Julian is hosting a banquet at his house. He has his friends both men and women attend the party and wine is served during the party. Julian remarks saying that the popular Gods should be denied but respected. For which Erinna replies that Julian has combined wine and women in the party. Julian replies to her saying that he invited women for wine because conversation requires both speech as well as reason. He continues to say that God gave man reason and speech to woman. Helen finds the statement amusing and adds her own thoughts. She says: “To what end has man used reason? To make Truth incredible. To what purpose has woman employed speech? To say nothing.”
Then the topic turns to the Goddess of Love, Aphrodite and the God of wine, Bacchus. Lionel responds that love is as bottomless as a sea. For which Julian replies that Plato had got many riches from that sea. Here Sri Aurobindo makes reference to Plato’s dialogue “Symposium” in which seven men are attending a banquet at Agathon’s house and each one has to speak about love. Julian feels that Agathon’s speech in the Symposium is not flawless. He says that Agathon painted the loveliness of Love but not Love himself.
Julian then proceeds to ask the guests to describe Love. Each person gives a description of Love in various ways.
Powell describes Love as slippery, mutable, multiform, amorphous and infinite. He adds that the two most essential elements of Love are: the subtle and impalpable. Indians have described Love very beautifully as the God Kama, a divine and radiant youth who sits on an emerald parrot and holds in his right hand a bow of flowers – the flowers from the shefali, the only blossom with a soul. For Love’s arrows never inflict pain while in love, but if a lover is in pain it is because he loves himself more than Love.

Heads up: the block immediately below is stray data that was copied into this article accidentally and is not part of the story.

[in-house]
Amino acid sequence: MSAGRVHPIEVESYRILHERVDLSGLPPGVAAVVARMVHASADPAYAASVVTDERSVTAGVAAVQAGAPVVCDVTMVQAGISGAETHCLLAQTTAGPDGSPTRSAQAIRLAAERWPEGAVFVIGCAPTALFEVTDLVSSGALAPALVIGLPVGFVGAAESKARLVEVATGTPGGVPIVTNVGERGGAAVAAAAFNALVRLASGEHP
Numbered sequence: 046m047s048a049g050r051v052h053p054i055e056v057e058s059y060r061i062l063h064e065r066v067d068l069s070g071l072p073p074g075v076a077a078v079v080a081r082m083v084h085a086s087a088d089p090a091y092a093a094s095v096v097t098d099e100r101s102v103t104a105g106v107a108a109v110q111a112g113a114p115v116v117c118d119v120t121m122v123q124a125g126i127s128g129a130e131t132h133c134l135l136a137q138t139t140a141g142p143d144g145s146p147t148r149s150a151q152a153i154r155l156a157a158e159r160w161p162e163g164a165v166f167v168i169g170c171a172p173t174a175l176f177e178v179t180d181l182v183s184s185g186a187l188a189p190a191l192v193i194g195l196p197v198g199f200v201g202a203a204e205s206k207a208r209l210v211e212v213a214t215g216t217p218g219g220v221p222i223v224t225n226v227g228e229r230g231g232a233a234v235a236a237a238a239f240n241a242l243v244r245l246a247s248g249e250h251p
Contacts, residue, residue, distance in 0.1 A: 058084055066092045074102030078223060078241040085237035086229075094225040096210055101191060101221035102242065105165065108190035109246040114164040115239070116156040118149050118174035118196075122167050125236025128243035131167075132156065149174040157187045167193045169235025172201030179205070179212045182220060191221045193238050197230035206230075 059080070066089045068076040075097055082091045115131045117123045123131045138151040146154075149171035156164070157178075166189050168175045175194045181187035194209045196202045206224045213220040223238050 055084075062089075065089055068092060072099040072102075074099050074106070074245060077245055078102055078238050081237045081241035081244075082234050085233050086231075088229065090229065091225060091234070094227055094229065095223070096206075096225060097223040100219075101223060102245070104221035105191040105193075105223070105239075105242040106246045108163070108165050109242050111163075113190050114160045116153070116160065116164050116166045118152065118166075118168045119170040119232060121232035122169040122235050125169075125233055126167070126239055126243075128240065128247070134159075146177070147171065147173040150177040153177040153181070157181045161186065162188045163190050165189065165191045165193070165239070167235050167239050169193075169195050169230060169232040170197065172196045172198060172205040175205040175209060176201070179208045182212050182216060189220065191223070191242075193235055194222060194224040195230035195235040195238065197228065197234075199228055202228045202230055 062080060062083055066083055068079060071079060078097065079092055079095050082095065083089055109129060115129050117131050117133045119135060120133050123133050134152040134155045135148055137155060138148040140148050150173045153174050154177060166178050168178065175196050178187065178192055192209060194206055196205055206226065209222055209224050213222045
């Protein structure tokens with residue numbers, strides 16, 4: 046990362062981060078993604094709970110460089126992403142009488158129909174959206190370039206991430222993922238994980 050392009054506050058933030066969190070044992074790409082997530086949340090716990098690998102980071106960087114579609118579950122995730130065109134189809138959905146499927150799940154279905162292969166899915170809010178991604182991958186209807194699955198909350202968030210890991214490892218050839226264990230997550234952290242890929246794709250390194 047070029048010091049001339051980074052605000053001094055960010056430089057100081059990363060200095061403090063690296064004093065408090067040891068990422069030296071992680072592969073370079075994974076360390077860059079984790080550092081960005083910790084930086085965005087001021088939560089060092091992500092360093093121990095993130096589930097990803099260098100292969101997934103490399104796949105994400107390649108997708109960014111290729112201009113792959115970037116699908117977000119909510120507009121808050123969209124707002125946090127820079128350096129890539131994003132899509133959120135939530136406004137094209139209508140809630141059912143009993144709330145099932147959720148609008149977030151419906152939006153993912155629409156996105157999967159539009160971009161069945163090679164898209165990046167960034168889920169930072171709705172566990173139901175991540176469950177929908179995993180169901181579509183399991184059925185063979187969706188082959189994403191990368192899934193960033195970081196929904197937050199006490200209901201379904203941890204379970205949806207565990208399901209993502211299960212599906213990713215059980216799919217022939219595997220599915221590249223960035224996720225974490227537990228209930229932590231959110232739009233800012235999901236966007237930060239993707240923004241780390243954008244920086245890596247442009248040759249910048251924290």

Now its Julian’s turn to describe Love and he says that “Love is the smile of a drunken God”.
Marc adds to the above statement saying that “Love is spiritual champagne, the best of wines if the briefest.”
Helen pitches in and says “Love is a poisonous purple flower but its chalice collects the pure wine of heaven.”
Corydon says that “Love is a song which can take the soul either heaven-ward or hell-ward”.
O’Ruark adds that love is a disease which everyone catches at a particular age – in short it is spiritual measles.
Everyone at the banquet laughs to their heart’s content hearing the above answer.
Philips says that “Love is a runner in the race of life with joy as prize”. Pattison Elly remarks that “Love is the bridegroom of Sin and father of Satiety”. Julian corrects it saying that Love is the child of Sin. Erinna asks if Love is not Sin itself? She says that Sin is the philosopher’s stone which turns life from dull lead to gold.
Julian is smiling at Erinna’s answer and asks “What is Sin?” Erinna says that sin is an invention of spiritual alchemists which turns a leaden life to gold. She adds that they lost the secret of sin in the Dark Ages and that is why the history of those times is so dull. Sin was legalised and therefore gave no pleasure. Julian responds that finally he understood why Laws exist. Erinna concludes her remark saying that they lost the secret of Love too and replaced it with chivalry and that Love is only a form of Sin. And that marriage is a monument raised over the corpse of Love.
Helen then points to Ella saying that she is the best person who could tell them about love. Ella replies that “Love is the sole motive of man’s existence”.
Thus the story ends.
#SriAurobindo #ShortStory #Love